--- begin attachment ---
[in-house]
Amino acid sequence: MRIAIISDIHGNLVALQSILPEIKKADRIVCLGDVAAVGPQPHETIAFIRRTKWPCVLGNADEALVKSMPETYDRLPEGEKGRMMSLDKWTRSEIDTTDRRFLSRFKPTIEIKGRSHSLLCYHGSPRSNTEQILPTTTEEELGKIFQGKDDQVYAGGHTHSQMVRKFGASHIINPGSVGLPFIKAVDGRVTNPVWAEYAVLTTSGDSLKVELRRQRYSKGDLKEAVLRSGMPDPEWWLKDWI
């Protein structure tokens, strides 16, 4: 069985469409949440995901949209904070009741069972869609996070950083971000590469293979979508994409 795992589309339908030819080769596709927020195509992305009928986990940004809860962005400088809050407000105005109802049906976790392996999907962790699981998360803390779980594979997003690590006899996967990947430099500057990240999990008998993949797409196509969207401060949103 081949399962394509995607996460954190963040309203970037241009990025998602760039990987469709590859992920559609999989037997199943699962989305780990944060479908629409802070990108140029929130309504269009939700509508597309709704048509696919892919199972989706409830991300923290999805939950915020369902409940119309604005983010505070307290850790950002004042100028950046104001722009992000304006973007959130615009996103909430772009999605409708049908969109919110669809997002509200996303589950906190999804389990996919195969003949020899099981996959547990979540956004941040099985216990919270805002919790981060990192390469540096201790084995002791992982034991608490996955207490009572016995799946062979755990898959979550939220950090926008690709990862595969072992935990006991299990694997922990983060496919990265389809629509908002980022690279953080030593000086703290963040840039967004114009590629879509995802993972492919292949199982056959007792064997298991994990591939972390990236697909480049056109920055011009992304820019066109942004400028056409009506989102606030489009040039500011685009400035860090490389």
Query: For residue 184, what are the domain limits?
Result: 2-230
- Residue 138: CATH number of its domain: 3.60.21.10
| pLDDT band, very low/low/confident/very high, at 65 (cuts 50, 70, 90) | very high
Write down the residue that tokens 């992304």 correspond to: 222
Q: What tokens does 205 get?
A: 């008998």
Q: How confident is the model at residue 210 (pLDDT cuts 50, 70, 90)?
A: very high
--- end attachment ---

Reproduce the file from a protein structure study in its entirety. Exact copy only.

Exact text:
[in-house]
Amino acid sequence: MRIAIISDIHGNLVALQSILPEIKKADRIVCLGDVAAVGPQPHETIAFIRRTKWPCVLGNADEALVKSMPETYDRLPEGEKGRMMSLDKWTRSEIDTTDRRFLSRFKPTIEIKGRSHSLLCYHGSPRSNTEQILPTTTEEELGKIFQGKDDQVYAGGHTHSQMVRKFGASHIINPGSVGLPFIKAVDGRVTNPVWAEYAVLTTSGDSLKVELRRQRYSKGDLKEAVLRSGMPDPEWWLKDWI
């Protein structure tokens, strides 16, 4: 069985469409949440995901949209904070009741069972869609996070950083971000590469293979979508994409 795992589309339908030819080769596709927020195509992305009928986990940004809860962005400088809050407000105005109802049906976790392996999907962790699981998360803390779980594979997003690590006899996967990947430099500057990240999990008998993949797409196509969207401060949103 081949399962394509995607996460954190963040309203970037241009990025998602760039990987469709590859992920559609999989037997199943699962989305780990944060479908629409802070990108140029929130309504269009939700509508597309709704048509696919892919199972989706409830991300923290999805939950915020369902409940119309604005983010505070307290850790950002004042100028950046104001722009992000304006973007959130615009996103909430772009999605409708049908969109919110669809997002509200996303589950906190999804389990996919195969003949020899099981996959547990979540956004941040099985216990919270805002919790981060990192390469540096201790084995002791992982034991608490996955207490009572016995799946062979755990898959979550939220950090926008690709990862595969072992935990006991299990694997922990983060496919990265389809629509908002980022690279953080030593000086703290963040840039967004114009590629879509995802993972492919292949199982056959007792064997298991994990591939972390990236697909480049056109920055011009992304820019066109942004400028056409009506989102606030489009040039500011685009400035860090490389």
Query: For residue 184, what are the domain limits?
Result: 2-230
- Residue 138: CATH number of its domain: 3.60.21.10
| pLDDT band, very low/low/confident/very high, at 65 (cuts 50, 70, 90) | very high
Write down the residue that tokens 């992304």 correspond to: 222
Q: What tokens does 205 get?
A: 């008998």
Q: How confident is the model at residue 210 (pLDDT cuts 50, 70, 90)?
A: very high